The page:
BetterPhoto Q&A
Category: Best Photographic Equipment to Buy : Digital Cameras and Accessories : Computers and Peripherals

Photography Question 
Naomi Weiser
BetterPhoto Member Since: 11/22/2005
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Difference Between Computer Monitors


I have noticed that when I look at my digital pictures on my computer screen they look great. But when I look at the same pictures on other screens/computers they don't look as good - the coloring is sometimes different. I know my equipment is not the latest and greatest, but short of buying a new screen, any suggestions as how to avoid this?


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4/17/2007 3:17:10 AM

 
John Rhodes
BetterPhoto Member Since: 2/24/2005
  Naomi,
Trying to view your images on other monitors can be very frustrating since you have no control over someone else's equipment. What you can, and should, do is to make sure your monitor is correctly calibrated. There are several good hardware/software programs available to help you keep your monitor in calibration: I use Colorvision's Spyder 2. Do a google search on monitor calibration or search the Q&A here on BP for the same term for more info.
John


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4/17/2007 6:04:23 AM

 
Naomi Weiser
BetterPhoto Member Since: 11/22/2005
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  Wow, thanks so much, a quick search shows me that I am not alone in my problem and there are solutions. I was just not searching for the right thing. Gotta love BP - every day I learn that there is always new things to learn :)


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4/17/2007 10:51:44 AM

 
Michael A. Bielat
BetterPhoto Member Since: 2/23/2007
  I learned the hard way and did all my photo editing on a "non-calibrated" monitor. I wanted the "cheap" way out and never found the funds to get a Spyder or Huey. I ended up getting one and am now slowly but surely re-editing ALL (yes, all) of my "keepers" to make them even better. Then I got to take them to the lab, again, and re-print them for my portfolio.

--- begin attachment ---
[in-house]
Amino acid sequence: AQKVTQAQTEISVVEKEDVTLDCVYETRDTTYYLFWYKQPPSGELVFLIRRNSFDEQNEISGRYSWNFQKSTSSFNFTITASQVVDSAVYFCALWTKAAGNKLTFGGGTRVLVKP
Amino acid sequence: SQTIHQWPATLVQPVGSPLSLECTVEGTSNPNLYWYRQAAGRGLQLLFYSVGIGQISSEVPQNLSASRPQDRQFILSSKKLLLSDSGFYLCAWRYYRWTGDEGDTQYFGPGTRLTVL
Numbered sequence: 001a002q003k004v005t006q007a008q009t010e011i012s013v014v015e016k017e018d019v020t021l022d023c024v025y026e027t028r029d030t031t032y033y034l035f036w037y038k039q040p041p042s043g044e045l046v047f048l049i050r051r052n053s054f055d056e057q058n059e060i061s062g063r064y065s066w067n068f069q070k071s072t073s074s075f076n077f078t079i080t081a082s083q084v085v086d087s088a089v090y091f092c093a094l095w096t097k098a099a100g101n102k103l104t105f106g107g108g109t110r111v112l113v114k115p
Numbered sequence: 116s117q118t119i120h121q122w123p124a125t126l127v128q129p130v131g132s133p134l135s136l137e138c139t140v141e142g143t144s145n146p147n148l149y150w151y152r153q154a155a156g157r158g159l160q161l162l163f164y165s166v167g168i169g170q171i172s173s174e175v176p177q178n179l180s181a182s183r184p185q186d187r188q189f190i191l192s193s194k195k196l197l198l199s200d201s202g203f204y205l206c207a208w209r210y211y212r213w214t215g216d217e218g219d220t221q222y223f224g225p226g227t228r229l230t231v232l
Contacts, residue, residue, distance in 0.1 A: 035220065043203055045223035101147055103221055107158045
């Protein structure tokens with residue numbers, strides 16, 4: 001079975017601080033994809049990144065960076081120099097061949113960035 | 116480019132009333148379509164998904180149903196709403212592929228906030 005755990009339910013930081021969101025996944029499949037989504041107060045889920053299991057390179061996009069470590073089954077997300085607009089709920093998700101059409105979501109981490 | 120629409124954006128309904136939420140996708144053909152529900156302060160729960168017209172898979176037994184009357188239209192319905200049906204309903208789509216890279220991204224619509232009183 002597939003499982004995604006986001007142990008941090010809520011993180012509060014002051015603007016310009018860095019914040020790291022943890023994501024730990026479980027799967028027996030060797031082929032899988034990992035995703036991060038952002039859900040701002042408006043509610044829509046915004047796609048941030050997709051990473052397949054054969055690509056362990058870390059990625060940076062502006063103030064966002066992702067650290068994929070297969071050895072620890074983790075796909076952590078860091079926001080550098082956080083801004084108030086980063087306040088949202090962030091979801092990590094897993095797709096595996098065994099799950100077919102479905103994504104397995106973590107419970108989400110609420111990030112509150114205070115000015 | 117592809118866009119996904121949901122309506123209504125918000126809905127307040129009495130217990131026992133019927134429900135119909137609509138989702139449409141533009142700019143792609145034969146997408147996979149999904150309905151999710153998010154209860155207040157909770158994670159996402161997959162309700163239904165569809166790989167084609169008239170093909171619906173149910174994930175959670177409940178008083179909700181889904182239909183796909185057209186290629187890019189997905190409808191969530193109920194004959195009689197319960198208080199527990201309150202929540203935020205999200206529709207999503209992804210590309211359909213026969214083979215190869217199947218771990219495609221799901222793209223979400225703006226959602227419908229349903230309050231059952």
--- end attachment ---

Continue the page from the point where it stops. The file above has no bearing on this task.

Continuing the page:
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4/17/2007 12:12:49 PM

 
Gorham P. Miscall   Even with a calibrated monior you may still get some surprises/disappointment from your lab's printer. See if you can get the ICC Color Profile from your lab, and use that profile on your monitor. If you can't do that, tell the lab technician what ICC Color Profile you are using on your monitor, and perhaps they can match it on their printer before they reprint your images.
Gorham


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4/25/2007 2:33:31 AM

 
John Rhodes
BetterPhoto Member Since: 2/24/2005
  Naomi, Gorham's advice is good. The first thing I did after getting my calibration program was to contact my online print service and asked them for the exact parameters I needed to set my images to before uploading. I don't get any surprises when my prints arrive now--not so before calibration.

John


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4/25/2007 6:48:33 AM

 
Naomi Weiser
BetterPhoto Member Since: 11/22/2005
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  Thanks Guys, this is so helpful :)


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4/25/2007 10:43:37 PM

 
Celeste McWilliams   Is the Spyder2 software airly user-friendly, and will it work on a laptop?


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11/19/2007 5:34:03 PM

 
Richard Lynch
BetterPhoto Member Since: 6/12/2005
  Calibrating is the START of the process of communicating color between your monitor and printer or other devices -- and other computers. You really want to establish a full color workflow, starting with your camera.

* See the color right on screen
* Set up color management and choose a means of profiling
* Make corrections and repairs to optimize your images
* Test your process, adjust if necessary, and implement for all your photography

I cover all this in my From Monitor to Print: Photoshop Color Workflow. I also recommend the Spyder Pro as I use it with great results, and it is an inexpensive and great way to calibrate.

It works with a laptop! You don't have to do much when using it but follow the instructions on screen.

Richard Lynch


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11/20/2007 4:22:47 AM

 
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